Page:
A new study initiated by Wyss Core Faculty member George Church's Synthetic Biology team at Harvard's Wyss Institute for Biologically Inspired Engineering, and driven by a collaboration with Google Research has applied a computational deep learning approach to design highly diverse capsid variants from the AAV2 serotype across DNA sequences encoding a key protein segment that plays a role in immune-recognition as well as infection of target tissues. The approach has broad implications for designing more effective and safer gene therapies. (2021-02-11)

Climate research: rapid formation of iodic particles over the Arctic
When sea ice melts and the water surface increases, more iodine-containing vapours rise from the sea. Scientists from the international research network CLOUD have now discovered that aerosol particles form rapidly from iodine vapours, which can serve as condensation nuclei for cloud formation. The CLOUD researchers, among them scientists from the Goethe University Frankfurt, fear a mutual intensification of sea ice melt and cloud formation, which could accelerate the warming of the Arctic and Antarctic. (2021-02-11)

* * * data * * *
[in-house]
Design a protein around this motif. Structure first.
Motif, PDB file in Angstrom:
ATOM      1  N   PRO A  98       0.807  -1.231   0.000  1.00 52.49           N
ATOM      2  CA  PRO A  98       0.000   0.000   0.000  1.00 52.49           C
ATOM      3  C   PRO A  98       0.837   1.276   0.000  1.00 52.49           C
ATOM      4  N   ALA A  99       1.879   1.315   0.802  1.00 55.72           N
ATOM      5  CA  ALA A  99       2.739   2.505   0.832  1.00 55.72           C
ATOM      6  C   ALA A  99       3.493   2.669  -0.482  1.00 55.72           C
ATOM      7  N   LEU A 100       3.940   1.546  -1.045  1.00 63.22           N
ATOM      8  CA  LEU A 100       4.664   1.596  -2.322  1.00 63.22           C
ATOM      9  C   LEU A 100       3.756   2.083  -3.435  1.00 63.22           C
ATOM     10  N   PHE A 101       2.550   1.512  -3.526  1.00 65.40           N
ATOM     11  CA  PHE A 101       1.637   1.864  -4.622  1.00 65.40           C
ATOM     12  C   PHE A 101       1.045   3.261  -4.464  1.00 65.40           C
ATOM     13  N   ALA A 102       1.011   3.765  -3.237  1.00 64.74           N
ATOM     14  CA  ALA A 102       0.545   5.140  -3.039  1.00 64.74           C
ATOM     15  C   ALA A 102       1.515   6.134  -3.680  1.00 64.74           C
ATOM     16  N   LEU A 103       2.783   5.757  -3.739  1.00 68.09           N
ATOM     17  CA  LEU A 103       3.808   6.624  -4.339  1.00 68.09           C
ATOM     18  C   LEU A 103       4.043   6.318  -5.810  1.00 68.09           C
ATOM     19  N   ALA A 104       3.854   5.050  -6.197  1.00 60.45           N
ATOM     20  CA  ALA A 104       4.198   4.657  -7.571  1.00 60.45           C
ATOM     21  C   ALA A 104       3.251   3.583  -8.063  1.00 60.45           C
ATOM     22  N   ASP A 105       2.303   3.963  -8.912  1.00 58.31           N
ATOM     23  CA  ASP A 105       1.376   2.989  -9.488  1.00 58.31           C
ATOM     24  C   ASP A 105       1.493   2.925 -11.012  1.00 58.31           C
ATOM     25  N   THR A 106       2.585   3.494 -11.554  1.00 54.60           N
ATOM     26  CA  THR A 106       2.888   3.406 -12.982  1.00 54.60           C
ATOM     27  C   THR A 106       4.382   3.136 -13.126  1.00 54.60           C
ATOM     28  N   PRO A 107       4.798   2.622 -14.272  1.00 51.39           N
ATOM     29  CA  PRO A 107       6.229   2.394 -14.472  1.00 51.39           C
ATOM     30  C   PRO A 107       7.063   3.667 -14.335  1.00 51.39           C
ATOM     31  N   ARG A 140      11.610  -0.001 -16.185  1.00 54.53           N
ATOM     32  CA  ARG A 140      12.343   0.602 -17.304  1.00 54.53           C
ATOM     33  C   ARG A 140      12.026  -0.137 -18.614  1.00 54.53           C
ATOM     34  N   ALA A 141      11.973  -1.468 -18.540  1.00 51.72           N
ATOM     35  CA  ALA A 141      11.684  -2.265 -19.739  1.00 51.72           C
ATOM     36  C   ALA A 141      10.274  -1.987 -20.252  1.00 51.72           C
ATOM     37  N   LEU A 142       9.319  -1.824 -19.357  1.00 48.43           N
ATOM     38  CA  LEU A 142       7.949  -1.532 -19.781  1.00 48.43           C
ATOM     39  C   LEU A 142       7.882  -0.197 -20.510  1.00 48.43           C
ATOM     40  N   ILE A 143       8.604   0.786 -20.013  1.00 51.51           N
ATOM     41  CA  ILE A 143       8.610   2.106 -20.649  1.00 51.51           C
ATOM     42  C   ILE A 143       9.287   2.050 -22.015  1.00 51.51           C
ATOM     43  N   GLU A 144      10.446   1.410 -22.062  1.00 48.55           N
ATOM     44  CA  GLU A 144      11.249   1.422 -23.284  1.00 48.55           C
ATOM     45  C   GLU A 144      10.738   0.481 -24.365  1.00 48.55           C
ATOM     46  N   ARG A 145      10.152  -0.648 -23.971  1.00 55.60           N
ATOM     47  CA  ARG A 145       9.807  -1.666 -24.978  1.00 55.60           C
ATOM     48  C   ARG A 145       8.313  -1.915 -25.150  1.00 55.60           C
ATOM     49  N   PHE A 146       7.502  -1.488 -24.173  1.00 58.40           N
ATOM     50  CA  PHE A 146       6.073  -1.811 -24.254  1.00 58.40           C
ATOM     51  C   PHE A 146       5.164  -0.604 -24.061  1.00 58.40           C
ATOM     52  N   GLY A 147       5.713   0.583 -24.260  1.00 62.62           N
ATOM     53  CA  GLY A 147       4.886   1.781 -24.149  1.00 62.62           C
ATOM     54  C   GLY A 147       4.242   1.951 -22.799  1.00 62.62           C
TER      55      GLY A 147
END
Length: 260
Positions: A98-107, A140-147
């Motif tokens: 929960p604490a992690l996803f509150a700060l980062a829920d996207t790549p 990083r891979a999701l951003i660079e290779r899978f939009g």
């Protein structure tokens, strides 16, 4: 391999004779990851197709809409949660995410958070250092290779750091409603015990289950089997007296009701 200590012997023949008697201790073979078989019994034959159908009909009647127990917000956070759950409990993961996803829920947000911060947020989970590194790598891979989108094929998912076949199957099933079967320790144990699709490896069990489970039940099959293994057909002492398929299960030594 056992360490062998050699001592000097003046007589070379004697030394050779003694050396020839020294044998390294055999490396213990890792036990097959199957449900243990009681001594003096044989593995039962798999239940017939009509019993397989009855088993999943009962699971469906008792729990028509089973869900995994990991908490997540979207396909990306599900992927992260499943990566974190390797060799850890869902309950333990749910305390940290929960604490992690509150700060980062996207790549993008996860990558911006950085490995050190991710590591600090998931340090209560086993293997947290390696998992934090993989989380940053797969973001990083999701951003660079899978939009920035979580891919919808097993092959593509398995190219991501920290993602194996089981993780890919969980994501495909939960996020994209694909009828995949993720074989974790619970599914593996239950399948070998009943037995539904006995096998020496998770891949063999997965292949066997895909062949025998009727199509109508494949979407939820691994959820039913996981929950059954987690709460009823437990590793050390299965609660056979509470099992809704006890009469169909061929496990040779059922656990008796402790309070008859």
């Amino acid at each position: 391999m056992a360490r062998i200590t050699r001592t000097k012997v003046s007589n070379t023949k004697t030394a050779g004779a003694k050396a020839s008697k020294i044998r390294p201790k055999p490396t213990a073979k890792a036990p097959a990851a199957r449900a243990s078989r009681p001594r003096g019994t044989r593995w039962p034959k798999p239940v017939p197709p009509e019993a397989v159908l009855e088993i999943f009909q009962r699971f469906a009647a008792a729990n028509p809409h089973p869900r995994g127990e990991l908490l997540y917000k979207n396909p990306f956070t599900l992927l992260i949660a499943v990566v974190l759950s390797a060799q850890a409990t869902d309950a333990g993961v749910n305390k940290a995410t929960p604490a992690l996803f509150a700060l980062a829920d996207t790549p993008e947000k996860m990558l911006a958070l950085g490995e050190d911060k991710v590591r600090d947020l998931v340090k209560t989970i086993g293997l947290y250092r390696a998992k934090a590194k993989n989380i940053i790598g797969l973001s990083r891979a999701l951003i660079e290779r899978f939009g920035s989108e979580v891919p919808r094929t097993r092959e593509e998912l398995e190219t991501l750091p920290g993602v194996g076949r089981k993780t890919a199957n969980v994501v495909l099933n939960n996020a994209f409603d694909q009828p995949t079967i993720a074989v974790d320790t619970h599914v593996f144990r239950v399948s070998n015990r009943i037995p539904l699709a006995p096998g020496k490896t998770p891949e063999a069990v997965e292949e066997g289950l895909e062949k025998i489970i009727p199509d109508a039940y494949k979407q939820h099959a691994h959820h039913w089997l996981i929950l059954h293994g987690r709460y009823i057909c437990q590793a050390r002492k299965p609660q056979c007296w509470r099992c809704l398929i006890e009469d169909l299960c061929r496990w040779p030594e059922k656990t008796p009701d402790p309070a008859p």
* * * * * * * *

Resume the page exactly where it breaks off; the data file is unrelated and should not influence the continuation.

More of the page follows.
The chemistry lab inside cells
Osaka University scientists describe a novel protein that spurs the post-translational modifications of the amino acid tryptophan to create an enzyme cofactor. This work may lead to the creation of new biological catalysts. (2021-02-10)

How the 3-D structure of eye-lens proteins is formed
Chemical bonds within the eye-lens protein gamma-B crystallin hold the protein together and are therefore important for the function of the protein within the lens. Contrary to previous assumptions, some of these bonds, called disulphide bridges, are already formed simultaneously with the synthesis of the protein in the cell. This is what scientists at Goethe University Frankfurt, Max Planck Institute of Biophysics and the French Institute de Biologie Structurale in Grenoble have discovered. (2021-02-10)